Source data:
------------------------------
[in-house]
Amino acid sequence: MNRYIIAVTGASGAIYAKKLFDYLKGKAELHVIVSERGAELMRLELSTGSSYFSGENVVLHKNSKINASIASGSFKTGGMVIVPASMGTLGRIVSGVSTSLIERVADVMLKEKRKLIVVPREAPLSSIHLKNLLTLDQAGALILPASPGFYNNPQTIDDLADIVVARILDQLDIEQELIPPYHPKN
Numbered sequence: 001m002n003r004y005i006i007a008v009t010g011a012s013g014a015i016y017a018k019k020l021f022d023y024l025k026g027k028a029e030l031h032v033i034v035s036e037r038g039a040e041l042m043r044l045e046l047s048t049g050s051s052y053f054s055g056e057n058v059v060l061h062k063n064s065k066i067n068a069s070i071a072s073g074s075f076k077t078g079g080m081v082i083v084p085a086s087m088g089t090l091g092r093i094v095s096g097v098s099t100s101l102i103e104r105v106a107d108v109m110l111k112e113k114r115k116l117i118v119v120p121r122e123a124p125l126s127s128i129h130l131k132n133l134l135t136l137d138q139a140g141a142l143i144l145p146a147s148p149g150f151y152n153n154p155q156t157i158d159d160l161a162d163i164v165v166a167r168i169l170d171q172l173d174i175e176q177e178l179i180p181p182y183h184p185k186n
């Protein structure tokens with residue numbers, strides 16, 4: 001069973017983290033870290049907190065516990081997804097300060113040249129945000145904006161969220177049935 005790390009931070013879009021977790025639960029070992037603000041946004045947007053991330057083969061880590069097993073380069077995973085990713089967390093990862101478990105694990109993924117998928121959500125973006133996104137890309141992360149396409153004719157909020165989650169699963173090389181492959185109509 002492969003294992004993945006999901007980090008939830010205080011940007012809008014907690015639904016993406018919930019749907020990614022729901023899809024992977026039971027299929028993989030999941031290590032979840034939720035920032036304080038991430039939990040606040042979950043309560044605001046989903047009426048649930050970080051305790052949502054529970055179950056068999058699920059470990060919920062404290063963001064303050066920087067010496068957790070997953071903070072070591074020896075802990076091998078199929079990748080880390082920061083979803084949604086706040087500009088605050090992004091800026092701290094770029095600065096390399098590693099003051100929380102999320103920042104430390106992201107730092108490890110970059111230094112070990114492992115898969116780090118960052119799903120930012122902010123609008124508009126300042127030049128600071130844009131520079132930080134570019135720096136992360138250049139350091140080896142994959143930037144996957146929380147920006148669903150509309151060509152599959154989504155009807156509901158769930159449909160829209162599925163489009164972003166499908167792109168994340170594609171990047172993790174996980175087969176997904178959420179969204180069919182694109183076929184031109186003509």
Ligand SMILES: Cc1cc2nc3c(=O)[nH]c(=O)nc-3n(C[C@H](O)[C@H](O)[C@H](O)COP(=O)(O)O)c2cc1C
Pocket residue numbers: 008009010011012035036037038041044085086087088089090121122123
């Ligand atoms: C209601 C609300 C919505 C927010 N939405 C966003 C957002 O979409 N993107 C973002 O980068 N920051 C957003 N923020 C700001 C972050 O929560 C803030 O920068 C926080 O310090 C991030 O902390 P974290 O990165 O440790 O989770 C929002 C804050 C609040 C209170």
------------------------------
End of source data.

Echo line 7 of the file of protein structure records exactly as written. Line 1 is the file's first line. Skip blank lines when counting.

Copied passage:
């Ligand atoms: C209601 C609300 C919505 C927010 N939405 C966003 C957002 O979409 N993107 C973002 O980068 N920051 C957003 N923020 C700001 C972050 O929560 C803030 O920068 C926080 O310090 C991030 O902390 P974290 O990165 O440790 O989770 C929002 C804050 C609040 C209170």